The sense of urgency that Musk is articulating also has to do with existing jobs that are at deep risk for being replaced by computerization, automation, mechanization, and even robots. A fine-grained Oxford University study identified 47% of U.S. jobs that are at risk in a decade or two through a detailed analysis of over 700 job categories and technological advancements taking place in each kind of job. The computerization of production in manufacturing firms, the replacement of workers in services and sales, the market for personal and household robots, the risk that drivers will be replaced by self-driving cars, these are all identified in the study as very real and quite imaginable developments. Each of us can compare today to just ten years ago as we glide through the toll booths with one of ten spots manned by robots or pay for soup at a convenience store with three of four registers that are automated. While several other studies exist with different and varying estimates, social science data on the threat to jobs is growing. Economists who were once doubtful about technological unemployment, such as former Treasury Secretary Lawrence Summers, are now increasingly open to considering it as a real possibility.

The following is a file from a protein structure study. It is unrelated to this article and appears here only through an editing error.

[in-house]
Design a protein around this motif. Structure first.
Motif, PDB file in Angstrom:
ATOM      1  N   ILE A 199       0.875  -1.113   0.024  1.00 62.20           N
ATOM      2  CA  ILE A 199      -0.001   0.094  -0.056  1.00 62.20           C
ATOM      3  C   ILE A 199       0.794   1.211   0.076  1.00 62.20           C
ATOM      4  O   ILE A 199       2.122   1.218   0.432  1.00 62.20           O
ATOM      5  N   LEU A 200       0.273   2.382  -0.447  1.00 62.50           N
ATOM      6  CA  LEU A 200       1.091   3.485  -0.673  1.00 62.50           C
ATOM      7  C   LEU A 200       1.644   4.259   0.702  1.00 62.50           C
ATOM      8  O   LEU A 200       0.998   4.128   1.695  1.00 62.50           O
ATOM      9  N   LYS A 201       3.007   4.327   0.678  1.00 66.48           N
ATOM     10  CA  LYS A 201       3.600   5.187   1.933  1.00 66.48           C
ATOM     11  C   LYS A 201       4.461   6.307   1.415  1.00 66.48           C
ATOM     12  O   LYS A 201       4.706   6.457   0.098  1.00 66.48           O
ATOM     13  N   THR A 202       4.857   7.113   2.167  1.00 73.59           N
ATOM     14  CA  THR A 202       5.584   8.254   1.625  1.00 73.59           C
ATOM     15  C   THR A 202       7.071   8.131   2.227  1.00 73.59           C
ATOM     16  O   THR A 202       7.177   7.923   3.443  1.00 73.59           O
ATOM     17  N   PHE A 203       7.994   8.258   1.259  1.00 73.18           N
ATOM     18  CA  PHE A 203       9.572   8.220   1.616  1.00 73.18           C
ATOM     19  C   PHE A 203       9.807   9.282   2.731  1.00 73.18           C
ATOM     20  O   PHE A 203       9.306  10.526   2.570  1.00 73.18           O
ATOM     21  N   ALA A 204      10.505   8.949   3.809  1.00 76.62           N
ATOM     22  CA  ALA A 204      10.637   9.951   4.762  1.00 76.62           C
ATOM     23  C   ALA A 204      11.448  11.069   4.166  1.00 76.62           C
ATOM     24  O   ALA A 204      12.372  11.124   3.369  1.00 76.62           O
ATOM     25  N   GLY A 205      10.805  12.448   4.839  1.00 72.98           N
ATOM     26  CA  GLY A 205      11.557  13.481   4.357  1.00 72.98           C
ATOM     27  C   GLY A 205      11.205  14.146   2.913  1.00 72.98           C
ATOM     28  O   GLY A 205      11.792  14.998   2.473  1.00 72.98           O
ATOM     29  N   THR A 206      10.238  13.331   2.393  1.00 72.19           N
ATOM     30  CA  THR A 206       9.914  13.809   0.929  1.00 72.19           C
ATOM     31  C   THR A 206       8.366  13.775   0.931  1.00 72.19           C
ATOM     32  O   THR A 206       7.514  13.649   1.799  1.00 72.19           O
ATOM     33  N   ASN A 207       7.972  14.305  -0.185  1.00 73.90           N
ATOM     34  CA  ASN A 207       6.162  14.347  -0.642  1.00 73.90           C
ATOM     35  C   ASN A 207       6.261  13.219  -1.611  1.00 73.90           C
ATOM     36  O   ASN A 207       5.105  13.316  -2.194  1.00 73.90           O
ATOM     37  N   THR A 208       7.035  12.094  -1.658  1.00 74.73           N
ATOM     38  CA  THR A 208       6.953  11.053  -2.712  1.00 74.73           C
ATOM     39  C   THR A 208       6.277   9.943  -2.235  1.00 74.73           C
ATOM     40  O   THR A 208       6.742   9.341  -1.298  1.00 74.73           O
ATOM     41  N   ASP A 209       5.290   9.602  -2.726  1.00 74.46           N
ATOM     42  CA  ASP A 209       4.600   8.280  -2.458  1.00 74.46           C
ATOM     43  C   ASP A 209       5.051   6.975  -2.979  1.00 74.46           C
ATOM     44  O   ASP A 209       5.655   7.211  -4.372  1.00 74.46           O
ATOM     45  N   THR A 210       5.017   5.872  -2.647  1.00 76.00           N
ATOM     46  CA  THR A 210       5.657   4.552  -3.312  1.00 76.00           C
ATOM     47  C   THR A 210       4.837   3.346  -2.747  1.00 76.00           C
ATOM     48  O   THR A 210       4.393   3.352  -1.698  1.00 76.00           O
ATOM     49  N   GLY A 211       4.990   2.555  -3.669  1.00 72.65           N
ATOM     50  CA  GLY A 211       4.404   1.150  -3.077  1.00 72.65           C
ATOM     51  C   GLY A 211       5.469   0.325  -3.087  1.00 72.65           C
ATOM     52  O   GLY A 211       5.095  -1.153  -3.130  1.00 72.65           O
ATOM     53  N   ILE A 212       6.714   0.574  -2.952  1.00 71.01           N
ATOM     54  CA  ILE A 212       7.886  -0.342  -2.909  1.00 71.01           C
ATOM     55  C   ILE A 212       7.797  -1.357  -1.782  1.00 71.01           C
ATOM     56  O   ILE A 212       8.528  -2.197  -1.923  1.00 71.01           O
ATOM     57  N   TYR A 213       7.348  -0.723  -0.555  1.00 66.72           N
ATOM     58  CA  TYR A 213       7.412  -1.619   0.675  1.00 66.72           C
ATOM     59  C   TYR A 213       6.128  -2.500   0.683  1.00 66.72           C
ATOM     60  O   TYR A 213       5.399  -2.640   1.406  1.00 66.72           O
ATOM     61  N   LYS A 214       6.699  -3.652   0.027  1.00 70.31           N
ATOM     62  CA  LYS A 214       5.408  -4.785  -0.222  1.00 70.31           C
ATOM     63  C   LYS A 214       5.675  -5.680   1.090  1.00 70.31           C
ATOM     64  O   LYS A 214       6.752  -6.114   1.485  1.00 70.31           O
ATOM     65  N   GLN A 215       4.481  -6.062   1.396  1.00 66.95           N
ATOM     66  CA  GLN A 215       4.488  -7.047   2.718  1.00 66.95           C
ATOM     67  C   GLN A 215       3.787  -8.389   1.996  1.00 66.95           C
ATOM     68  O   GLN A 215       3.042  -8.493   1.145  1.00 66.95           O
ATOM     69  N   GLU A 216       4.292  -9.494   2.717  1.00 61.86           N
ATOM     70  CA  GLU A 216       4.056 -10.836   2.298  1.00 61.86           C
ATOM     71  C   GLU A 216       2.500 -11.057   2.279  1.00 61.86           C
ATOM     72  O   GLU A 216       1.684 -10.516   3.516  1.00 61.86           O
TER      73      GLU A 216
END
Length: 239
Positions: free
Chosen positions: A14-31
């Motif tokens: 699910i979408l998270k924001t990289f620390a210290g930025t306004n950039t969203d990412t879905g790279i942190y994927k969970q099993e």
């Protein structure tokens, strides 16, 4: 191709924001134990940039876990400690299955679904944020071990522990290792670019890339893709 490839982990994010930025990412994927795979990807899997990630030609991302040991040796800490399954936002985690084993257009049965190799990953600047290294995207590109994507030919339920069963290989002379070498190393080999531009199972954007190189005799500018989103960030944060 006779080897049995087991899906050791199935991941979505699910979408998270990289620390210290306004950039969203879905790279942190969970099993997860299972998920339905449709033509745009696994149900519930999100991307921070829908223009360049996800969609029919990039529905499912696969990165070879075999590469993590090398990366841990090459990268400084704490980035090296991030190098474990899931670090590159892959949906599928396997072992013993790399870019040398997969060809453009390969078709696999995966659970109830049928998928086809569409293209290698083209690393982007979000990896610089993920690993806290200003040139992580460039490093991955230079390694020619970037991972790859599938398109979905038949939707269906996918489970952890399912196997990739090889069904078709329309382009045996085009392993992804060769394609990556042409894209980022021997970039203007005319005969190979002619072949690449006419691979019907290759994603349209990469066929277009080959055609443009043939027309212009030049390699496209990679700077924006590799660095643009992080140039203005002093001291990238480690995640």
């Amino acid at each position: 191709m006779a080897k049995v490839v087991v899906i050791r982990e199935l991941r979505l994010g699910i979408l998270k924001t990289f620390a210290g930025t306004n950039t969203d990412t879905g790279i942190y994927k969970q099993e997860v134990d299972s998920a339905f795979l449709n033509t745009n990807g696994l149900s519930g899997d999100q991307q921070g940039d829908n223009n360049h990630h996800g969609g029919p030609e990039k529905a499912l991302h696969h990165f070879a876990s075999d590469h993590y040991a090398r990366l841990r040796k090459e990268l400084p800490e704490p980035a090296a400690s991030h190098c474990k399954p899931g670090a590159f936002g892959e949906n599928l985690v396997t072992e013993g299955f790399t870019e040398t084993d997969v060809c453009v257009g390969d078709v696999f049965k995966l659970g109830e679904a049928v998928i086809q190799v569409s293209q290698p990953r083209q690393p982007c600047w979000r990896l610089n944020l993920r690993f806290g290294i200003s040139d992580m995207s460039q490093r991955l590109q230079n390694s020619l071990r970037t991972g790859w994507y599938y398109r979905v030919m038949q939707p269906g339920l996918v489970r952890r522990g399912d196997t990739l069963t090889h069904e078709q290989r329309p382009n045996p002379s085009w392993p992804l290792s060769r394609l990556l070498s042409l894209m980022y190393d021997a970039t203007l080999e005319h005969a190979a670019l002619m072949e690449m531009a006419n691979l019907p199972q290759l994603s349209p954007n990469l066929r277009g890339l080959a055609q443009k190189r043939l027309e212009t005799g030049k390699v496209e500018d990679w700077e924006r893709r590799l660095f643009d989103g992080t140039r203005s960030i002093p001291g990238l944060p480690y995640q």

To the extent that the evidence for considering Universal Basic Income is growing, implementing the idea has one fundamental problem, namely, how to fund it? A closely related societal performance problem is the risk that it would undermine individual personal responsibility in a market economy and create dependency. At a time when both political parties are either at loggerheads about basic funding of the government itself or seem to be jointly treading lightly on the size and role of the Federal Government, it is hard to imagine that Universal Basic Income would develop into a massive expansion of the social safety net of the U.S. Government funded only by high taxes, based on an enormous expansion of the size of the government, and taking from the rich to give to the middle and modest income classes. This is not to say that the country does not need a substantive moral debate on taxes. However, it is hard to imagine funding meaningful basic income, even if the political support existed, solely with taxation. One of the debates about Universal Basic Income is whether it should supplement or restructure the current social safety net. Is there a way to think about funding Universal Basic Income that gets out of this blind alley of how to fund the idea that would not unrealistically expand the size of the Federal Government and focus instead on private ownership?